By Benjamin Ellis, A Director at Keshet UK ( http://www.keshet.org.uk/)
Four arguments for Jewish change
I thought I knew why we were there. Fifteen of us. Sitting in a circle on a Saturday night at JW3. But then someone asked the question: Why does Keshet UK exist?
It’s not that there isn’t a problem of homophobia in the Jewish community; nor that lesbian, gay, bisexual and transgender (LGBT) people find Jewish organisations and institutions so warm and welcoming that our work was over.
What they meant was why does there need to be a Jewish approach to address these problems?
And so, before immersing ourselves in a full day’s discussion of gender, sexuality, privilege and discrimination, we asked ourselves why.
Top of the list was that Jewish LGBT people are entitled to their heritage and their own community.
Yes – we live in a time of unprecedented freedom, and of course LGBT people can simply leave – indeed, many have. I’ve lost track of the number of rabbis and communal leaders that have said well, we just don’t have any gay people in our community to worry about.
Well, then. Thousands of young people are growing up and simply leaving. And while this allows them to live a life true to their LGBT identity, many would love to be just as proud to be Jewish. So we need a Jewish approach to create Jewish communities where Jewish LGBT people can stay, being twice proud of this intersection of identities.
For many in the group, diversity itself was a Jewish value. We are all of us created and born in the image of God. Many Jewish texts celebrate human dignity, call for reciprocal responsibility between Jewish people, and express the desire to build unified, inclusive communities where all Jewish people can feel welcome. Creating space for diversity within the Jewish community is intrinsically Jewish, and is something that Jewish communities should do to remain true to their values.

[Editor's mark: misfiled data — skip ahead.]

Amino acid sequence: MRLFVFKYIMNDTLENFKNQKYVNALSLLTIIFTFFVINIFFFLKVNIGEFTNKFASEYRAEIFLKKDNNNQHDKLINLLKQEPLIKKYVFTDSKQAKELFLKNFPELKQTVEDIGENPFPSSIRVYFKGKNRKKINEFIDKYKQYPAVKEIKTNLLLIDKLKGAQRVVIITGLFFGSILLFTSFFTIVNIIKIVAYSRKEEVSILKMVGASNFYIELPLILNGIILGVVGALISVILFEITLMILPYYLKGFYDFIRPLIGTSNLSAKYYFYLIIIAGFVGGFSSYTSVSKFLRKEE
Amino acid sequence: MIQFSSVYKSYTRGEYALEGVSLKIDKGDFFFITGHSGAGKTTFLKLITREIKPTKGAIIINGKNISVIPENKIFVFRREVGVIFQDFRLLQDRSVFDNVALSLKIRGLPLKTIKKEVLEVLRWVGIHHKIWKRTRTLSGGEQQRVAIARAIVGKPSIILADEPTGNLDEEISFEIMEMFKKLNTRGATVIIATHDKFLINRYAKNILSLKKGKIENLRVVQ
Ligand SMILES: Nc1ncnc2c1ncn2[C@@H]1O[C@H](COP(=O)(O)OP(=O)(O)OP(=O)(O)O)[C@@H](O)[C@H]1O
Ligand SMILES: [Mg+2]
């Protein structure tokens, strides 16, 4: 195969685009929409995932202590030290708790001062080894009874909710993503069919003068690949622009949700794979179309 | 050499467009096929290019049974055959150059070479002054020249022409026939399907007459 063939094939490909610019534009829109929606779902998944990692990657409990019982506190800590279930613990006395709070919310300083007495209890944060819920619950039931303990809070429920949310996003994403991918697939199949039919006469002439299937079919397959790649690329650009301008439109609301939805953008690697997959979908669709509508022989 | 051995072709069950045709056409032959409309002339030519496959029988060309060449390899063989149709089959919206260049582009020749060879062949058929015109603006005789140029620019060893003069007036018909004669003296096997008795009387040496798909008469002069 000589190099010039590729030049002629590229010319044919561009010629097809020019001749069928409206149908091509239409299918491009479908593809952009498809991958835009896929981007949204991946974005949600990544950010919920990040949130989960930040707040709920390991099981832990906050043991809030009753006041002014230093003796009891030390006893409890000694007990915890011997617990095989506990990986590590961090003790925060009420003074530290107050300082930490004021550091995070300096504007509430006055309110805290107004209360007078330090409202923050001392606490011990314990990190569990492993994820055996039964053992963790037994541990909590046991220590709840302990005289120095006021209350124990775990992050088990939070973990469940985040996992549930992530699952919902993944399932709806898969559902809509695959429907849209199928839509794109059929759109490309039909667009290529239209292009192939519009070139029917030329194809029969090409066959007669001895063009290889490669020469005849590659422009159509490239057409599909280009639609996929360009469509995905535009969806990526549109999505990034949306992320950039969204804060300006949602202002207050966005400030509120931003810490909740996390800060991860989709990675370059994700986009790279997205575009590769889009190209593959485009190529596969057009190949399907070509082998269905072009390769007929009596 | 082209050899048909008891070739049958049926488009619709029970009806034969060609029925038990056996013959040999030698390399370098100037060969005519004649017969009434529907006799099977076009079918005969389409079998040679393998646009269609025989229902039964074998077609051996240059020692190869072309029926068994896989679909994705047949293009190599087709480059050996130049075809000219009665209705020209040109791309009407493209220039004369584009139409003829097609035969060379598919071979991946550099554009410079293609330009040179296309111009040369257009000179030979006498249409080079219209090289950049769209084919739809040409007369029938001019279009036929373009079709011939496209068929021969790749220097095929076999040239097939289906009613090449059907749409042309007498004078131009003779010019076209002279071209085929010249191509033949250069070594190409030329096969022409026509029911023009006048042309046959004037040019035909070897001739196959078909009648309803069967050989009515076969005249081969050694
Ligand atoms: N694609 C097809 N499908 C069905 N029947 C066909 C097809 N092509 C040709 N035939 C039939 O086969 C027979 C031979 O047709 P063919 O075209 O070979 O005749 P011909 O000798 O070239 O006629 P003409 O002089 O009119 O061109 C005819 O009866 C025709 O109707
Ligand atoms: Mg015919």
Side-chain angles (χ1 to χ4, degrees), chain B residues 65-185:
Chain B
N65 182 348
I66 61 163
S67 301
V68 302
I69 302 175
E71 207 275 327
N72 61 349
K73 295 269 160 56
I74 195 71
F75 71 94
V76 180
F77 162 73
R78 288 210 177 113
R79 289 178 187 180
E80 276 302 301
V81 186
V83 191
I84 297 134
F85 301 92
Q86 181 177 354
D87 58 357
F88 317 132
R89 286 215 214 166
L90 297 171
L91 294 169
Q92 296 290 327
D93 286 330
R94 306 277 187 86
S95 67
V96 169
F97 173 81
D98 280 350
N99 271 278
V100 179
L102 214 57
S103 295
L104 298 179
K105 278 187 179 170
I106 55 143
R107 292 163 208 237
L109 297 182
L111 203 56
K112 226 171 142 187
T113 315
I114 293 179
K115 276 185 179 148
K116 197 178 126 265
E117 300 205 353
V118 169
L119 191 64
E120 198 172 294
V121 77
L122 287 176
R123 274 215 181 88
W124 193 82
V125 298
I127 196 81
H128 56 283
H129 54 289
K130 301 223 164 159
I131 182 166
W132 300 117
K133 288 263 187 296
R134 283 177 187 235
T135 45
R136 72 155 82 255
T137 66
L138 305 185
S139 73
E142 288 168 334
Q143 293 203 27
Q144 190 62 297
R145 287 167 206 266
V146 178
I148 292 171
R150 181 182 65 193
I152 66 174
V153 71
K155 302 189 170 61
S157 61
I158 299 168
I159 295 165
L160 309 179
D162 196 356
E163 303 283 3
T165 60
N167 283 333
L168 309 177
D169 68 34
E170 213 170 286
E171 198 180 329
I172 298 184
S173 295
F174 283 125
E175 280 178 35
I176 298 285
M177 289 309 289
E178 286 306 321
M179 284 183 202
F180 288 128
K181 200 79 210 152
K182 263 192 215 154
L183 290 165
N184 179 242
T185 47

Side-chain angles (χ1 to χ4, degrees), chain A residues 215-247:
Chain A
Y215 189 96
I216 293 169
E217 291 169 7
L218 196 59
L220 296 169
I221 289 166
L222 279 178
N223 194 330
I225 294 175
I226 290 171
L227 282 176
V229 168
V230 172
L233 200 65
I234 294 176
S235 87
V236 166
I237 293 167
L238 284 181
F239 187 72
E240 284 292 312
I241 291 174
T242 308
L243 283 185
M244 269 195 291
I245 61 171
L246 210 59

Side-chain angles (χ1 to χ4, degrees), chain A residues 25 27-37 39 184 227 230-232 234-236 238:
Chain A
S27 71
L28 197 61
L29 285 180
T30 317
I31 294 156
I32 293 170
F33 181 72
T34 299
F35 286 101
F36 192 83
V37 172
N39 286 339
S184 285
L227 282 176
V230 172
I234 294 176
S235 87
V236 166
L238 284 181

Pragmatism was not far behind. As Jewish people working within a Jewish framework we are uniquely placed to understand, work with and influence the Jewish community. We who live within the community understand how decisions are made, where lie the opportunities for change, and who will support the call for change. Like all communities, the Jewish community can be insular. Sometimes solutions from outside can seem irrelevant, or threatening. It takes the insider knowledge that we have to support the community to find its own solutions, rooted in its own identity.
Finally, though, this is our community.
As Hillel taught over 2,000 years ago: If I am not for myself, then who will be for me?
We can’t sit back and wait for someone else to come and make our community a safe place for young people, one free from bullying and rejection; to become a place where LGBT people and their families can live with dignity and respect; where all Jewish people feel they can belong. And if there is a problem with our community, then it is our own responsibility to recognise it, to understand it, and to fix it.